The Chairman, House of Representatives Committee on Petroleum (Downstream), Mr Joseph Akinlaja, has expressed his support for the removal of subsidy on Premium Motor Spirit, also known as petrol, as recommended by the International Monetary Fund. Akinlaja, in a chat with journalists in Abuja on Monday, described fuel subsidy as outdated, stating that farm produce should be subsidised instead.
He decried that the Federal Government had continued to make the payments without appropriation by the National Assembly. Akinlaja said, “IMF will talk to us in an advisory capacity; they don’t run our government for us. It is the government that is supposed to take the decision. But as somebody who has been in the industry for more than 40 years, I believe that the issue of subsidy for petroleum products is outdated. Nigeria does not have the discipline to operate subsidy in whatever form.
“Subsidy is good for agriculture. I have been in the forefront, for more than 20 years, fighting against removal of subsidy, believing that the Nigerian government or the people responsible will act like America that we copy all the time, it subsidises agriculture. For farmers not to go out of business, if they produce in America, there are agencies to buy the produce from the farmers and preserve them, so that the farmers can produce next year. But here, it is the middlemen who are being subsidised in our Nigerian situation.”
The lawmaker said the amount being spent on subsidy was only known to the Nigerian National Petroleum Corporation and the Minister of Petroleum Resources. While President Muhammadu Buhari is the Minister of Petroleum Resources, Dr Ibe Kachikwu is the Minister of State for Petroleum Resources and Chairman of the Board of the NNPC.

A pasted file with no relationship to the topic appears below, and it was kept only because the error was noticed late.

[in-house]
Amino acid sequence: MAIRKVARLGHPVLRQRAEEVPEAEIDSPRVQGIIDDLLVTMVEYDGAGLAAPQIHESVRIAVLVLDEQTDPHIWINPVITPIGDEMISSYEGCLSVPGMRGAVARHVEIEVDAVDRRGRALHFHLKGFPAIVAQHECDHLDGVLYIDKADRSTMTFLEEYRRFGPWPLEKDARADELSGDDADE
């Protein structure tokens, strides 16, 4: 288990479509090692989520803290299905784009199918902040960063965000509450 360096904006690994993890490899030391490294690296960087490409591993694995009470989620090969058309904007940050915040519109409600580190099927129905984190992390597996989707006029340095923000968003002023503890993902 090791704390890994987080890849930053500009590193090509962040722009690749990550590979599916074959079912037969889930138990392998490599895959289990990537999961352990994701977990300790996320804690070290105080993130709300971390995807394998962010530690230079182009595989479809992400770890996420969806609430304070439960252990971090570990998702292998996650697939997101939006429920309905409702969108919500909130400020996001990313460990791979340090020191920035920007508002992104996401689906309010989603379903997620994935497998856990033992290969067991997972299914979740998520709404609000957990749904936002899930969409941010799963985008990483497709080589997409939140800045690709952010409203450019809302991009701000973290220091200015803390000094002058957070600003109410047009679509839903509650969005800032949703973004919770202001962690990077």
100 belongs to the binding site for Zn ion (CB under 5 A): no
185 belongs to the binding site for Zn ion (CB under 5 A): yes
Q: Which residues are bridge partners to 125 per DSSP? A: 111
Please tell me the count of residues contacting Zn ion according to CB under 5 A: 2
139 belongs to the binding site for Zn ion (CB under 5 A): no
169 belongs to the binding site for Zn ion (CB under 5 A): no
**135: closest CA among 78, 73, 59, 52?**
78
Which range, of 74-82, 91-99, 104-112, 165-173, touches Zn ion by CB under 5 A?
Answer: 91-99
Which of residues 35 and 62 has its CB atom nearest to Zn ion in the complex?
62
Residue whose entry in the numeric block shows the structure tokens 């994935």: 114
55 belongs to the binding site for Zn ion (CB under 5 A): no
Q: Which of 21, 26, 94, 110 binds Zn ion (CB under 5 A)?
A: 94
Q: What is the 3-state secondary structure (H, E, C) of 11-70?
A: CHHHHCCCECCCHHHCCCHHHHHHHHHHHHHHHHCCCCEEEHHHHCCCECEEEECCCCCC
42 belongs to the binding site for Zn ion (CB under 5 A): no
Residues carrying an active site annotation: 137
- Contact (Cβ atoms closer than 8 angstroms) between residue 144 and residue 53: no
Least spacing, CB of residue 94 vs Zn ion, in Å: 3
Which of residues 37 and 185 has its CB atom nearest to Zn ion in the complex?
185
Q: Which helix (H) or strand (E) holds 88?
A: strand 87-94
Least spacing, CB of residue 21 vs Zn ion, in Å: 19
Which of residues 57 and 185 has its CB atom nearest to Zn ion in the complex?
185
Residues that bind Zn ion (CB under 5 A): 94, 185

Akinlaja said, “I cannot tell you how much is being paid on subsidy. We will know that if the government has come to the parliament to ask for a specific amount, based on our specific consumption for the year, for appropriation. If they have not come here, we cannot answer the question. It means that it is only the NNPC and the Minister of Petroleum Resources that can answer the question.
“As for the issue of subsidy, I believe that there is a subsidy that is being paid in whatever name it is called. The executive is responsible for the supply and the distribution of petroleum products in Nigeria. The same executive said petrol especially – because that is the issue now- should as a matter of policy not sell more than N145 per litre. And the same government, specifically the NNPC, at a time last year during the scarcity, said the landing cost was N171.50.
“If oil marketers are instructed not to sell more than N145, and the same government talks about N171.50 as the landing cost, who is paying the difference of N26.50? Somebody must be paying. Definitely, it has to be the government. “As the Chairman of the Committee on Downstream, when we took on the Ministry of Petroleum Resources, what we heard (from them) was ‘under-recovery.’ What is ‘under-recovery’? Somebody is paying for something. So, I concluded in my mind as a knowledgeable person that the N145 per litre is being subsidised.”
The Managing Director of IMF, Christine Lagarde, at a press conference at the recent joint annual spring meetings with the World Bank in Washington DC, had called on the Federal Government to remove fuel subsidy, saying it was the right thing to do. Lagarde had stated that with the low revenue mobilisation that existed in Nigeria in terms of tax to Gross Domestic Products, it was important for the country to remove fuel subsidy. By so doing, she opined, the country would be able to move funds into improving health, education, and infrastructure. Responding, the Federal Government had stated that there were no plans to remove fuel subsidy in the immediate.